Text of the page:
A growing number of wellness resorts are becoming highly medical longevity destinations, and more high-end gyms offer preventative diagnostic testing and scans. Medical longevity icons Spain’s SHA Wellness and Switzerland’s Clinique La Prairie are expanding. Six Senses is opening medical-longevity clubs with epigenetic testing and stem cell therapy. More wellness resorts will embrace lo-fi longevity, offering Blue Zones retreats that get their guests connecting, cooking, and moving.


6. A Wellness Check for Weight Loss Drugs
By Emily Laurence

Big Pharma’s new, extremely effective weight-loss drugs have upended traditional behavior-change approaches to weight loss. It’s now seen as a matter of biology rather than psychology and ‘willpower’. The number of people taking them has skyrocketed, resulting in ongoing global shortages, and 70+ new drugs in development, with cheaper options hitting the market this year. Wellness and health companies are pivoting to prescribe them. Proponents argue they could end the global obesity epidemic and save millions of lives, while critics question their long-term health impacts: they’re highly effective but cannot deliver holistic health the way exercise, healthy food, and mental wellness do.


7. Sports Finds Its Footing in Hospitality
By Patricia Ladis

Globally, people are embracing social, empowering sports (pickleball is one example), and more people want to train like near-elite athletes. At the same time, pro, collegiate, and competitive junior athletes, traveling to compete, lacked hospitality destinations that deliver wellness, recovery treatments, and state-of-the-art gym equipment.

Hospitality destinations are incorporating pro trainers and pro-level facilities, with brain-stimulating tech to boost performance, and a full recovery menu, from cryo chambers to on-demand IV drips. High-end wellness destinations cater to dedicated recreational athletes, letting guests train and learn from their sports idols. Body Holiday in St. Lucia now features sports-themed months, led by pro athletes and Olympians. Aman Resorts is unveiling fitness, performance, and recovery retreats led by Maria Sharapova. Hospitality groups are thinking beyond ‘training like an athlete’ and organizing competitive play: swimmers, runners, and tennis and pickleball players want to compete with others. Sports tourism (people traveling to watch events) is a massive market, but more destinations are moving people from spectators to participants.


8. The Home as Highest-Tech-Health-Hub
By Olivia Houghton and Jessica Smith

Wellness architecture has previously focused on amenities like meditation rooms and cold plunge pools. Now homes, and even cities, are becoming high-tech, multifaceted health hubs, involving everything from medical-grade home health-monitoring systems to smart furnishings that adjust in real-time to individual needs. With homes becoming advanced ‘outpatient’ care centers powered by digital health services like monitoring and diagnostic technology, it is expected that in the next five years, 45% of healthcare services will be delivered at home.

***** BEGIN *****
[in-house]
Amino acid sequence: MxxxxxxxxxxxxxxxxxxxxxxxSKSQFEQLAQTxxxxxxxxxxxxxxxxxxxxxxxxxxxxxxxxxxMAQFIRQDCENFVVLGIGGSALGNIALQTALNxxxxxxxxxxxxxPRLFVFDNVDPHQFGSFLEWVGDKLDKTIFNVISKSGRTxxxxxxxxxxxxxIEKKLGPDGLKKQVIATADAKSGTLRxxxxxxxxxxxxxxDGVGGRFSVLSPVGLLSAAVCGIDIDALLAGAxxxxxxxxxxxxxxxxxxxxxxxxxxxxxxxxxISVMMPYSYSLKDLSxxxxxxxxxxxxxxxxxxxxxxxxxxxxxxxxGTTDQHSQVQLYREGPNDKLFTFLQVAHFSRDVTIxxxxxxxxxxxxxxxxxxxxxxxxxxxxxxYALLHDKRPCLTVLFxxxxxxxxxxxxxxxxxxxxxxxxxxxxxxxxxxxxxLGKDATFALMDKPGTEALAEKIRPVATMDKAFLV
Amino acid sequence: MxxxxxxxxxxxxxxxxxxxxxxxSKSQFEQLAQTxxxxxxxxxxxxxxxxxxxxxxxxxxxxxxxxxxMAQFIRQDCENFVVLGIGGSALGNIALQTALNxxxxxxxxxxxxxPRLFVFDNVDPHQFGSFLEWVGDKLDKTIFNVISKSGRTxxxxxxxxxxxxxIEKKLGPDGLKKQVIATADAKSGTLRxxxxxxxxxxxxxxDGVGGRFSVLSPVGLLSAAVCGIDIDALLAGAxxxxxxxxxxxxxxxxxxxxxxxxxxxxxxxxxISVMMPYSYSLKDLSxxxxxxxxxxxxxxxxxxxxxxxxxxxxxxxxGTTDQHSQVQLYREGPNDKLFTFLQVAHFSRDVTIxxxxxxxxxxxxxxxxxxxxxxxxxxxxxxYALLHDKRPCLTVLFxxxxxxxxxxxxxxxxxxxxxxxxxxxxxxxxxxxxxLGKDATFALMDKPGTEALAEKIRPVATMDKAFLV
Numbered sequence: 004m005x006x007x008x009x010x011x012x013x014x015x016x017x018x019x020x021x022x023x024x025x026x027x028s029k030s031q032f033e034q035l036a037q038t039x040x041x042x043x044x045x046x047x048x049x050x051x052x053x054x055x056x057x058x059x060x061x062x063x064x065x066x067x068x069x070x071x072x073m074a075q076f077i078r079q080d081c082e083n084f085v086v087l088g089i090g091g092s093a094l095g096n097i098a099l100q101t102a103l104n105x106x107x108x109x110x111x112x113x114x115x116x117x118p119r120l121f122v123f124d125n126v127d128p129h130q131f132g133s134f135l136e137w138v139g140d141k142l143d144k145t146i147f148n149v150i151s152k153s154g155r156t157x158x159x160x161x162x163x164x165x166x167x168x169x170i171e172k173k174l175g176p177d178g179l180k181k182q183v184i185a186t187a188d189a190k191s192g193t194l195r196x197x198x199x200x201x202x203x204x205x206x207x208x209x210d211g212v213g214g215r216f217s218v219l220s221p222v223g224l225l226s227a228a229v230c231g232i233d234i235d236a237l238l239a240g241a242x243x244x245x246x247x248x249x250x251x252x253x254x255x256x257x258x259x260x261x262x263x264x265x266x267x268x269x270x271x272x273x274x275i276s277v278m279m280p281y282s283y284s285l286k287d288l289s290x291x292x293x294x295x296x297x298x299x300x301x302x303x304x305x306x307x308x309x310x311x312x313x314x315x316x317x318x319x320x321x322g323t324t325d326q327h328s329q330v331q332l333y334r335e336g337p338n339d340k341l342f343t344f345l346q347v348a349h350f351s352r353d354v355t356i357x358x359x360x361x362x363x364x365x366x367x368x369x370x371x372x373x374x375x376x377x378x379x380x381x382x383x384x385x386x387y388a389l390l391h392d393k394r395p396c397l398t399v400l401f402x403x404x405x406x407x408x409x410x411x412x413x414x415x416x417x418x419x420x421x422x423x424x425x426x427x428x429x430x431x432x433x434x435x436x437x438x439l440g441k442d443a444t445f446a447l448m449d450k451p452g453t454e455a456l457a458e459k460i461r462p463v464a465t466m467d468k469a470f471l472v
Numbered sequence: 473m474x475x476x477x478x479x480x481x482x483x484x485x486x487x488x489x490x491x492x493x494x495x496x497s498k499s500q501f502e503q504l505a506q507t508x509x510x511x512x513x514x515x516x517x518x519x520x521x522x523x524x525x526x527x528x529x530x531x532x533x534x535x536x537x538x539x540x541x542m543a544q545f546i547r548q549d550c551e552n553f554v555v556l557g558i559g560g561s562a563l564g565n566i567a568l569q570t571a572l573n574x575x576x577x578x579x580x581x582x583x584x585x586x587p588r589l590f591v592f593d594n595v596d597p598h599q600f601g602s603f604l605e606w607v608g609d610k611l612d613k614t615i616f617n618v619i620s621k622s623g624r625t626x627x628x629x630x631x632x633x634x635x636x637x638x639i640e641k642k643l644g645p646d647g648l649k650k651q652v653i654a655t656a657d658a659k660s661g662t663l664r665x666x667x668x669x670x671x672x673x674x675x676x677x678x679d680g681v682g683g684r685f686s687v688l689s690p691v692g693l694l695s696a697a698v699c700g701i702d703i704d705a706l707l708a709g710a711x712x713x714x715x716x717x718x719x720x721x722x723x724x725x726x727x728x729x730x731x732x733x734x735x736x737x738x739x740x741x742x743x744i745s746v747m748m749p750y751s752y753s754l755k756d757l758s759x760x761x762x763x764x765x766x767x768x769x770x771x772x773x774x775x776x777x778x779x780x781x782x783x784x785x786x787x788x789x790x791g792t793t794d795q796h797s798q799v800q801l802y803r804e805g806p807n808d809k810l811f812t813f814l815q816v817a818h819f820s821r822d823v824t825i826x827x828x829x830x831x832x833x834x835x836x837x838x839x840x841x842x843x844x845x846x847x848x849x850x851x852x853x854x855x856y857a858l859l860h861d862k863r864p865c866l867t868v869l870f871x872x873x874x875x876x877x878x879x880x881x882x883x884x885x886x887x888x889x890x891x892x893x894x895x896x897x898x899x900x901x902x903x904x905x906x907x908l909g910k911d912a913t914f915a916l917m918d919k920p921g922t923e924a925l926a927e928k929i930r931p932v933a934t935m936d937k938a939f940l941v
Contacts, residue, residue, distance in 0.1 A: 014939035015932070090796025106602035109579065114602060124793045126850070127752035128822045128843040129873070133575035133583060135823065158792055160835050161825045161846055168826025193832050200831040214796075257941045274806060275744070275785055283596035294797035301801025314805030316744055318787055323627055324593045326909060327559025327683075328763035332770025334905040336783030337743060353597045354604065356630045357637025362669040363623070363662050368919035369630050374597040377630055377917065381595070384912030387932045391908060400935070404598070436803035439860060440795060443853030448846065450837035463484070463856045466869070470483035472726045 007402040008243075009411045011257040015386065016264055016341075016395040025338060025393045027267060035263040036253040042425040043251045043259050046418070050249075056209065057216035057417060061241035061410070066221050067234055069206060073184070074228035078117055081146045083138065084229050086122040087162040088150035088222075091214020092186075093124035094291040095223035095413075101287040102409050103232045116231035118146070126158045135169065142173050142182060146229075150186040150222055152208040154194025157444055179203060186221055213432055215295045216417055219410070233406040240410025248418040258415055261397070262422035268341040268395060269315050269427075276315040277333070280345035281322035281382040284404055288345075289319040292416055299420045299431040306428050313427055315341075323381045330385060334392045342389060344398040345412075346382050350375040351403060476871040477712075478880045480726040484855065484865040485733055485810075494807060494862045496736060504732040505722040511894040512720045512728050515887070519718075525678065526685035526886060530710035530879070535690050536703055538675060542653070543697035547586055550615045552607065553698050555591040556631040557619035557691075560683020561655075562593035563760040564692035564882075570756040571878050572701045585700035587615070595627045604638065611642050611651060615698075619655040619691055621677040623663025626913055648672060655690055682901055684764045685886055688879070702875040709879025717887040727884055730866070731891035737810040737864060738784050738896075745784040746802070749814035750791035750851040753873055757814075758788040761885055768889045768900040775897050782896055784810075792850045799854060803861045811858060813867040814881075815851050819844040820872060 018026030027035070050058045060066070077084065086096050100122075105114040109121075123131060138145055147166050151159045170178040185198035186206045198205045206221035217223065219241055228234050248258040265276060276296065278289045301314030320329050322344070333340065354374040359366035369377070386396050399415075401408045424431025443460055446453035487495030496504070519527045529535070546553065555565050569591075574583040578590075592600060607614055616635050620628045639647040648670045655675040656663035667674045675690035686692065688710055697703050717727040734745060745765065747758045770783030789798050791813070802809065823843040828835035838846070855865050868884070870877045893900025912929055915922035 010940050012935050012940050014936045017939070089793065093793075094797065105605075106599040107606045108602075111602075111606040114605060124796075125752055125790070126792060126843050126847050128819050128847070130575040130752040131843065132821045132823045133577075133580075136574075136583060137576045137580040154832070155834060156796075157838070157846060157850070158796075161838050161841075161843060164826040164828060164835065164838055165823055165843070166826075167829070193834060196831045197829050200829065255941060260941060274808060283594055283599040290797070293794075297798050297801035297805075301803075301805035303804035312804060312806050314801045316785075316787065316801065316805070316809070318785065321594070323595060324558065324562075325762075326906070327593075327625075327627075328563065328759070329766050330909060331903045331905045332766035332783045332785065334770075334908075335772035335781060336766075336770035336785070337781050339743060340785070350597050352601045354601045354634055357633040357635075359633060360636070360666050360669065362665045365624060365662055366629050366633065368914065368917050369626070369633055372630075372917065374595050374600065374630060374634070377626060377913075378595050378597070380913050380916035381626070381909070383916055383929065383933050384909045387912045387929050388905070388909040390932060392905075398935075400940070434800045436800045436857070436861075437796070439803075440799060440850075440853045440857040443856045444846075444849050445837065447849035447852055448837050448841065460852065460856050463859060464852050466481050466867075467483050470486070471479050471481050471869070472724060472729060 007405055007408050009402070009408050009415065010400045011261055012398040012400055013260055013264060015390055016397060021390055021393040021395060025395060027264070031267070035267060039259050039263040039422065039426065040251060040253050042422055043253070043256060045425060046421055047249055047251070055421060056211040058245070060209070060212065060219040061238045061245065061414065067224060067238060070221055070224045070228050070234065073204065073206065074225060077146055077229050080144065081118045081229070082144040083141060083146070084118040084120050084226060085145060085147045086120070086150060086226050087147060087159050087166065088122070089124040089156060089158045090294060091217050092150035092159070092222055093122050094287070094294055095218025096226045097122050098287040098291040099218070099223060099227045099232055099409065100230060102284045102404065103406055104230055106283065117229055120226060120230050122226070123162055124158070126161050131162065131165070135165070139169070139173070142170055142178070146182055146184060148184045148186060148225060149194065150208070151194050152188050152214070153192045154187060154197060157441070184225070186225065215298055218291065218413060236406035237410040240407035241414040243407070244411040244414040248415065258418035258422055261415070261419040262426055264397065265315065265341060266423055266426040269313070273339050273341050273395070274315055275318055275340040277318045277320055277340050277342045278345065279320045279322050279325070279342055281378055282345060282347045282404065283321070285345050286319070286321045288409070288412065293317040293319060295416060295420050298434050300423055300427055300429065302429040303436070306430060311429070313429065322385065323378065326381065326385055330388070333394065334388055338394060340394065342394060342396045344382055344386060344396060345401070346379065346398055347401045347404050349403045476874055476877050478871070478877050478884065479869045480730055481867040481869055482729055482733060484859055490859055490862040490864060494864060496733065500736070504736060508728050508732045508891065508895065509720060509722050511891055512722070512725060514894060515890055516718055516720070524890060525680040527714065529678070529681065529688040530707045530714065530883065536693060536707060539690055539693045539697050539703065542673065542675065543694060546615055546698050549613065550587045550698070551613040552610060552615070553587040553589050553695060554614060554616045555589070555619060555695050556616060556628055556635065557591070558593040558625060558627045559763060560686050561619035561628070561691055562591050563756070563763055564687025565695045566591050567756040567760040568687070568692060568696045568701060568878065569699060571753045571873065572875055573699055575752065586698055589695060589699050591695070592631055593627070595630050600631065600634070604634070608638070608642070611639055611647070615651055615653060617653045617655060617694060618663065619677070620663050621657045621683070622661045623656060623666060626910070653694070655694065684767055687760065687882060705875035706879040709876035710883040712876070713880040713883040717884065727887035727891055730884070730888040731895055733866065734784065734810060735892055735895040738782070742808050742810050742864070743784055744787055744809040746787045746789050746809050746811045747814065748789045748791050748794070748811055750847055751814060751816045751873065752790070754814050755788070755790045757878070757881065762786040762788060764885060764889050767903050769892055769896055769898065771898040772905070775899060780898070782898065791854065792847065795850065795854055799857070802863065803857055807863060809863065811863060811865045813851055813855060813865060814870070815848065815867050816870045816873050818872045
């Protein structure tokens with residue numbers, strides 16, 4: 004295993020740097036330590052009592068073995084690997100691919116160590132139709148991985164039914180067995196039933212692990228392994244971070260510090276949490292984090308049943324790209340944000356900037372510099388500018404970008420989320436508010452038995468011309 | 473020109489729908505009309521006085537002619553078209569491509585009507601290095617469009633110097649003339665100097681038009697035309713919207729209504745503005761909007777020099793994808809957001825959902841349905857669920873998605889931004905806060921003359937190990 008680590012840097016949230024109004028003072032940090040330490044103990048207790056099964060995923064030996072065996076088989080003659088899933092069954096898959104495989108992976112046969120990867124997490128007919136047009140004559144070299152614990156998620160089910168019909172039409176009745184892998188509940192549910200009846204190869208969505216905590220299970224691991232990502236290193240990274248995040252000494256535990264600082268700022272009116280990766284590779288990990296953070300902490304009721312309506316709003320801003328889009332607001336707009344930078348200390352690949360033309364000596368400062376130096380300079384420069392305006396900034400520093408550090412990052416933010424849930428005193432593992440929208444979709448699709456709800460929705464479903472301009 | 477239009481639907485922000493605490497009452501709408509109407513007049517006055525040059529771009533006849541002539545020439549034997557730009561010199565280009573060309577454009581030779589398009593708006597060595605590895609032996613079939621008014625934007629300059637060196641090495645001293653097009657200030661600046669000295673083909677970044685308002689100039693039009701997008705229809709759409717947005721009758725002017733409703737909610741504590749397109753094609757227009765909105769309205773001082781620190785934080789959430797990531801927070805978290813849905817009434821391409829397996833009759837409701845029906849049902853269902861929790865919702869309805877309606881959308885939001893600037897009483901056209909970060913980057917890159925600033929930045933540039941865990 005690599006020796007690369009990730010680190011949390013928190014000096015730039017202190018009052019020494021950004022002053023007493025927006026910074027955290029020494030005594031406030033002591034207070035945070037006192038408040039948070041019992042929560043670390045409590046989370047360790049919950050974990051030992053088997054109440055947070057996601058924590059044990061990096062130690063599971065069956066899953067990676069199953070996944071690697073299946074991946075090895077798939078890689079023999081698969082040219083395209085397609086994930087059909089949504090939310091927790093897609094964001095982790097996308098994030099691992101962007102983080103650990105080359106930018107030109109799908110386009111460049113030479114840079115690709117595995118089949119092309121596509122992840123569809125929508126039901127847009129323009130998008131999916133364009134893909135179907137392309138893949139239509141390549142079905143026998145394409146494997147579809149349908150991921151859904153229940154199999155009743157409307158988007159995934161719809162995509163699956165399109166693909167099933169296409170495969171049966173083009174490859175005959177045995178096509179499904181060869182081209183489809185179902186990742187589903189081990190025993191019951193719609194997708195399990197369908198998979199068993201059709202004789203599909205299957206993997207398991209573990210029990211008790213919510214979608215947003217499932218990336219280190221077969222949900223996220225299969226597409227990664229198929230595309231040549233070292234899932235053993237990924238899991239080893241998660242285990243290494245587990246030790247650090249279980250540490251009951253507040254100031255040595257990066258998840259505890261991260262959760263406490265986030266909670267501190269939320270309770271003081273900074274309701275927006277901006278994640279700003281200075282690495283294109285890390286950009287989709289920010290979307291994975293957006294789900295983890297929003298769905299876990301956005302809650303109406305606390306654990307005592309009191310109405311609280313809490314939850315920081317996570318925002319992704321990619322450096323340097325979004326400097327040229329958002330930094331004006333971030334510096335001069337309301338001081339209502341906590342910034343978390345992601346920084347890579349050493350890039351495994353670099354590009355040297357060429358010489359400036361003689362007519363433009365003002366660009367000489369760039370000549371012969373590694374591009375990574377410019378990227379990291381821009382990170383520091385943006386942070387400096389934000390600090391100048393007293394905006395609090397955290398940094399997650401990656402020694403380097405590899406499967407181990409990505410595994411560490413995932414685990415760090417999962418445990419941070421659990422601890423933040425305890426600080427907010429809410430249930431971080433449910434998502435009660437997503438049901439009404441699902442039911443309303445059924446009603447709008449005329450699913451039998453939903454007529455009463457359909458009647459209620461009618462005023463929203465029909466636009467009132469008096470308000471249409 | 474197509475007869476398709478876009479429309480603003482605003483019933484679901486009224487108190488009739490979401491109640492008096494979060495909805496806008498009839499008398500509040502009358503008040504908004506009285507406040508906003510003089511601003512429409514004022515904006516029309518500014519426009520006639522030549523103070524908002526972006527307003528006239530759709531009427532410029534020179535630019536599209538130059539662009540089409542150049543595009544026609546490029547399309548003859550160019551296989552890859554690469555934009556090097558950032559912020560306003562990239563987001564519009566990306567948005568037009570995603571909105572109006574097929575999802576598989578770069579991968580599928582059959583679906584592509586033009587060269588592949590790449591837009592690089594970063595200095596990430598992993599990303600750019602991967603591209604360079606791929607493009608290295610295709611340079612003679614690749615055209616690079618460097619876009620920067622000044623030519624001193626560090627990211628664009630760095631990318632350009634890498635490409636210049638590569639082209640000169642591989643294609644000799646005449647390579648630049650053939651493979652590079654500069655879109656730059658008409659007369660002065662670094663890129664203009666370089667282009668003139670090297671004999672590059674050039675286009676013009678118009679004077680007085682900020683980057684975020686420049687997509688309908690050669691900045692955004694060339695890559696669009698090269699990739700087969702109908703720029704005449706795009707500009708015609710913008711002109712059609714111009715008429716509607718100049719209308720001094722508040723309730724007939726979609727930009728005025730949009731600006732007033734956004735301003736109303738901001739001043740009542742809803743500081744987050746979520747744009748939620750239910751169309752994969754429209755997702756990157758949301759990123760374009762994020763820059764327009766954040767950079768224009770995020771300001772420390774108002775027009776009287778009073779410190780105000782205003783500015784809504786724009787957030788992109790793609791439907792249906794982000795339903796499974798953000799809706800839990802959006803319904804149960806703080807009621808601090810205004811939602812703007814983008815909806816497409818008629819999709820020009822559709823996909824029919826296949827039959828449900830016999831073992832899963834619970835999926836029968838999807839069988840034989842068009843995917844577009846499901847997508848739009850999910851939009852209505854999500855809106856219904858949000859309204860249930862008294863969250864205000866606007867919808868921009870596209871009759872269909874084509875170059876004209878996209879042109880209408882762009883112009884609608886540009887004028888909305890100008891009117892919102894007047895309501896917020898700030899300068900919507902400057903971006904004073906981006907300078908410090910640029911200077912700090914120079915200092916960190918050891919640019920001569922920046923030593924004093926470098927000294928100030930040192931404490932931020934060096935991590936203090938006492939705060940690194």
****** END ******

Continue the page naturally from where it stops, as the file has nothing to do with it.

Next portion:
A new generation of textiles means that the fabrics surrounding will become interactive interfaces, with personalized bio-soundscapes grounded in our real-time biometric and environmental data. Our homes will evolve into multifaceted ecosystems creating living spaces that capture our biometrics and create environments dynamically extending from our own psyches.


9. A New Multisensory, Immersive Art for Wellness
By Ari Peralta

New tech-enabled art, powered by innovations such as generative AI, projection mapping, and spatial sound technologies, brings us into an era of multisensory, immersive art that engages our senses as we participate and is expressly designed to transform our mental well-being. Museums, hotels, and spas are incorporating multisensory art experiences, prioritizing wellness. The Mandala Lab in New York City combines video, scent, sculpture, and sound, based on Buddhist principles, into a holistic, spiritual exhibit. At the Termemilano spa in Milan, Italy, a video skyscape of stormy skies surrounds a hydrotherapy pool, creating an unmatched vibe. Six Senses Resorts are creating multisensory somatic experiences, like bio-alchemy sculptures infused with scents, flotation experiences suffused with ocean sounds, or geodesic domes with vibroacoustic floors.

Multisensory, immersive art is becoming widespread in public places, from installations across cityscapes to AI-driven art that utilizes facial screening to deliver audio-visuals based on emotions. In the future, as wearables become more widespread, generative artworks will become even more hyper-personalized, participatory and therapeutically effective.



Author: Fabiola